According to a survey by Fertility Matters Canada, a national charitable organization, many Canadians are jeopardizing their chances of getting pregnant because they’ve got the wrong information about everything from timing and odds of conception to when to seek help from a specialist. We asked Dr. Yaakov Bentov, a reproductive endocrinologist and research director of Anova Fertility in Toronto, to debunk five of the biggest myths about fertility.
TRUTH: According to the Fertility Matters Canada survey, over half of Canadians believe this, but it’s untrue. “A woman’s fertility peaks at age 25 and declines from there,” says Bentov. There’s a sharp decline after age 35 and by 43 most women are unable to conceive naturally. As a result of this misinformation, some couples wait too long to start trying and miss their baby-making window, says Bentov.
TRUTH: There’s actually just a 15 to 20 percent chance of a couple conceiving – and that’s just for the first three months. After that, your chances of getting pregnant drop even further, because it becomes more likely there’s a problem.
TRUTH: Taking oral contraceptives does not delay a woman’s ability to get pregnant after going off the pill, despite what a reported 55 percent of Canadians believe. “Birth control doesn’t affect fertility, it just stops menstrual cycles while you're taking it,” says Bentov. He does point out that some research shows that taking the pill for more than 10 years can impact one aspect of fertility treatment, which involves getting the endometrial lining (where a fertilized egg implants to begin growing) to become thicker, but this isn’t an issue for most women.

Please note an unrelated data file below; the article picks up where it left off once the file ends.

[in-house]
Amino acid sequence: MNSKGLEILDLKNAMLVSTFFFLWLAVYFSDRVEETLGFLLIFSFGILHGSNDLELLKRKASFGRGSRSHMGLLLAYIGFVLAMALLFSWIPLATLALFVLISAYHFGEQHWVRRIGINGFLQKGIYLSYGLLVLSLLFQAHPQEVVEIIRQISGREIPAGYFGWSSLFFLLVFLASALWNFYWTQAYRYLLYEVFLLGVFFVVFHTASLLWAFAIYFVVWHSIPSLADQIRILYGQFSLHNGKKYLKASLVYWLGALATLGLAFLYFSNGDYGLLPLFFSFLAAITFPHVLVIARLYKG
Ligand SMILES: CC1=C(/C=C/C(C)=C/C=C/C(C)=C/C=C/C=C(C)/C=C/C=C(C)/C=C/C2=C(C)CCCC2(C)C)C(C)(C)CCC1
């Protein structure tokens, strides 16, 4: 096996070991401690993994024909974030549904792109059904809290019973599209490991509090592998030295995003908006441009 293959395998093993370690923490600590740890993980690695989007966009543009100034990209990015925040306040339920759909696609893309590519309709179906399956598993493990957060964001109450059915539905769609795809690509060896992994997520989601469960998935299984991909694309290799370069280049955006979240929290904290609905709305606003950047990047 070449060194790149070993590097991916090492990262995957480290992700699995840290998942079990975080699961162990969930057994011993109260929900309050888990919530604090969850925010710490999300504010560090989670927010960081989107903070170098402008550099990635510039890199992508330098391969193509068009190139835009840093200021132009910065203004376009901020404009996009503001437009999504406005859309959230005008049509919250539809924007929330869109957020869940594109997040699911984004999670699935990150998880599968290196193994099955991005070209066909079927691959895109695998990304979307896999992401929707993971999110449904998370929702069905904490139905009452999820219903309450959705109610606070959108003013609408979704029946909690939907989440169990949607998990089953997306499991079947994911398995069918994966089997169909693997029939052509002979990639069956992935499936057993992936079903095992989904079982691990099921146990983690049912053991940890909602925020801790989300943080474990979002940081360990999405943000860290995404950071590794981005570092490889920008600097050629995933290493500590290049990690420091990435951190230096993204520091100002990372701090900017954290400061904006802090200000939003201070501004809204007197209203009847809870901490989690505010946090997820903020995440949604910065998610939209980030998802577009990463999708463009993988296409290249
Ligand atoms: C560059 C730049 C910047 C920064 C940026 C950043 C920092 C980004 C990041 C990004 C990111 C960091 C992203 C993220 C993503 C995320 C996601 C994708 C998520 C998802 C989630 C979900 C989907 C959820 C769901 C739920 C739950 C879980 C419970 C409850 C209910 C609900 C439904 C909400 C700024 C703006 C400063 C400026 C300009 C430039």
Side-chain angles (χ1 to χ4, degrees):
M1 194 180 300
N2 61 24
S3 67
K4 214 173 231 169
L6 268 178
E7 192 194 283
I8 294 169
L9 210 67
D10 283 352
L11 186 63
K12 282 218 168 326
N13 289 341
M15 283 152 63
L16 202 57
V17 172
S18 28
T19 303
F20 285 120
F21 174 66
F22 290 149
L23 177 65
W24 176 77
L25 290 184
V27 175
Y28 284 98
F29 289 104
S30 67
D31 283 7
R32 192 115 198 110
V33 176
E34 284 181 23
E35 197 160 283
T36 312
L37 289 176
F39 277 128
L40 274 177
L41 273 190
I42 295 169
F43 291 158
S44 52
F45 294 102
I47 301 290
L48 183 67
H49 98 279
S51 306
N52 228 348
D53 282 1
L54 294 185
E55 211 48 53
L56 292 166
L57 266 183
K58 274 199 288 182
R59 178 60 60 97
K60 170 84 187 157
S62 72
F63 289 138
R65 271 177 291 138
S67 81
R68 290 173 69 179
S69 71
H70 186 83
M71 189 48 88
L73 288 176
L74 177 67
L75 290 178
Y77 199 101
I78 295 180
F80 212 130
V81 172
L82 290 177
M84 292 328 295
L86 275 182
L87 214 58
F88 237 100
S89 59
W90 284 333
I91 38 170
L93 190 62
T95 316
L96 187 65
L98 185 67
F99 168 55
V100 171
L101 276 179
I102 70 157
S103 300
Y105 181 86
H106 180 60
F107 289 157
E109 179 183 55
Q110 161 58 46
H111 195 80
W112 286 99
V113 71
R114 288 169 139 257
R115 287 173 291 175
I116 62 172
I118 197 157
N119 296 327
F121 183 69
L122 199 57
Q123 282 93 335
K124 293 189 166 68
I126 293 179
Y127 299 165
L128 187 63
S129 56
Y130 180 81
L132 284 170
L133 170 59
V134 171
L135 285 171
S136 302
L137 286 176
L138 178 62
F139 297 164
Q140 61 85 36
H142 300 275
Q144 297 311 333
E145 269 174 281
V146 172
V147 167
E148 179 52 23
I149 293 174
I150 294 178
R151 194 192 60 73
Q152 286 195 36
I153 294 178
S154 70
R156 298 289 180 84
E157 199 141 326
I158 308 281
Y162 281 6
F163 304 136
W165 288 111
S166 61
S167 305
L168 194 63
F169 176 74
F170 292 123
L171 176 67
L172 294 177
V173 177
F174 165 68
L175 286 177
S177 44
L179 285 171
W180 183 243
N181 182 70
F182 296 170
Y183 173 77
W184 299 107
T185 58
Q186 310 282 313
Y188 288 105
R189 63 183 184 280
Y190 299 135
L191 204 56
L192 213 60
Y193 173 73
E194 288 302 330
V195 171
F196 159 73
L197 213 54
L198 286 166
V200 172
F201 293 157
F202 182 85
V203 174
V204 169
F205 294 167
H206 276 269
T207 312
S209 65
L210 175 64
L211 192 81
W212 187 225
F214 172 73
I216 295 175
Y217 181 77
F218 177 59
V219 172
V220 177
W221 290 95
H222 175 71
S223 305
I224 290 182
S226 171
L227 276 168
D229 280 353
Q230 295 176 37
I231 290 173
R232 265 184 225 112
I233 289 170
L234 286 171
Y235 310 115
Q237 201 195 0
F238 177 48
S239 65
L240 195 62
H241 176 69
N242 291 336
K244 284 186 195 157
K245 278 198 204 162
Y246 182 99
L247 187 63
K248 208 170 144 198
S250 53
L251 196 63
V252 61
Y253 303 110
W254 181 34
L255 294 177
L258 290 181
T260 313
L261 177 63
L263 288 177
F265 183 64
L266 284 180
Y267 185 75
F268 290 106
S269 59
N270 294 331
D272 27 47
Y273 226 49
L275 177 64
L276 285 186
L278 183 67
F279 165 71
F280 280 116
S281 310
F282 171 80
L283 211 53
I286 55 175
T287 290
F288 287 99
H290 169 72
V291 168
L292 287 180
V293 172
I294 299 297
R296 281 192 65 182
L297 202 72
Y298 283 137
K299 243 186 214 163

TRUTH: One in three Canadian believe this, but it’s not quite true. Couples under 35 should seek help after trying for one year. But older couples, over age 35, should consult a specialist after just six months. And, if you know there are problems that could negatively affect fertility, like not having regular menstrual cycles, or if your partner has erectile dysfunction, ask for a referral right away.
TRUTH: Twenty eight percent of respondents thought drinking alcohol could help you conceive, but “alcohol definitely won’t help you get pregnant,” says Bentov. Sure, a glass of wine might get you in the mood, but heavy drinking can actually put the brakes on baby making. “I had a patient who was binge drinking on weekends and had virtually no sperm count when he came to see me,” says Bentov. After three months totally sober the patient’s sperm count began to bounce back; after six months it was almost normal. “The point is that alcohol is toxic in high amounts and it affects cellular function, so my advice is that it is better to have one drink a day than seven drinks over a weekend.” It’s difficult to measure the exact effect of alcohol consumption on a woman’s fertility, but chances are that heavy drinking will harm more than good.
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